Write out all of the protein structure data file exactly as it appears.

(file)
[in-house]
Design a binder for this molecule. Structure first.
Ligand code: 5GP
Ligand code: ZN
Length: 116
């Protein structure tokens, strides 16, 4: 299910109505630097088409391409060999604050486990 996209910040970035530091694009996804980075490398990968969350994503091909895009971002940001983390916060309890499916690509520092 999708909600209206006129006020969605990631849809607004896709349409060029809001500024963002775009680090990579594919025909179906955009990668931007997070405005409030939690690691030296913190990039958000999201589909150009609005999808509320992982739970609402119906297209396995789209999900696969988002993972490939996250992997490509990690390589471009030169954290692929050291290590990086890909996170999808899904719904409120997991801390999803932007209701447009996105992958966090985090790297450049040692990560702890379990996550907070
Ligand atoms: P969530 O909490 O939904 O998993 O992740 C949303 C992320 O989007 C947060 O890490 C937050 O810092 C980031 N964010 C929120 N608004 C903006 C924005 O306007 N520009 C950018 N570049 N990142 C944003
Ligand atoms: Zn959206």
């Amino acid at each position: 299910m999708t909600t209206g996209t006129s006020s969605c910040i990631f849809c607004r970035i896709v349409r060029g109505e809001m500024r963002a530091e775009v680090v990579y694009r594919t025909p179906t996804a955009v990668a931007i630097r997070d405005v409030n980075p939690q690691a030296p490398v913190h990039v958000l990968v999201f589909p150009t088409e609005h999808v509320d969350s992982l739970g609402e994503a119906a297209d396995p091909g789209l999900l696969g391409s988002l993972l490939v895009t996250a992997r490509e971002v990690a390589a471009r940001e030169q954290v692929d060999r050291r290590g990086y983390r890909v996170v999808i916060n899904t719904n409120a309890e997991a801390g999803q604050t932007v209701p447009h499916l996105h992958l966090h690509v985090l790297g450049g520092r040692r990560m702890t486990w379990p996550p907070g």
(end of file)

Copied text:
[in-house]
Design a binder for this molecule. Structure first.
Ligand code: 5GP
Ligand code: ZN
Length: 116
């Protein structure tokens, strides 16, 4: 299910109505630097088409391409060999604050486990 996209910040970035530091694009996804980075490398990968969350994503091909895009971002940001983390916060309890499916690509520092 999708909600209206006129006020969605990631849809607004896709349409060029809001500024963002775009680090990579594919025909179906955009990668931007997070405005409030939690690691030296913190990039958000999201589909150009609005999808509320992982739970609402119906297209396995789209999900696969988002993972490939996250992997490509990690390589471009030169954290692929050291290590990086890909996170999808899904719904409120997991801390999803932007209701447009996105992958966090985090790297450049040692990560702890379990996550907070
Ligand atoms: P969530 O909490 O939904 O998993 O992740 C949303 C992320 O989007 C947060 O890490 C937050 O810092 C980031 N964010 C929120 N608004 C903006 C924005 O306007 N520009 C950018 N570049 N990142 C944003
Ligand atoms: Zn959206």
């Amino acid at each position: 299910m999708t909600t209206g996209t006129s006020s969605c910040i990631f849809c607004r970035i896709v349409r060029g109505e809001m500024r963002a530091e775009v680090v990579y694009r594919t025909p179906t996804a955009v990668a931007i630097r997070d405005v409030n980075p939690q690691a030296p490398v913190h990039v958000l990968v999201f589909p150009t088409e609005h999808v509320d969350s992982l739970g609402e994503a119906a297209d396995p091909g789209l999900l696969g391409s988002l993972l490939v895009t996250a992997r490509e971002v990690a390589a471009r940001e030169q954290v692929d060999r050291r290590g990086y983390r890909v996170v999808i916060n899904t719904n409120a309890e997991a801390g999803q604050t932007v209701p447009h499916l996105h992958l966090h690509v985090l790297g450049g520092r040692r990560m702890t486990w379990p996550p907070g």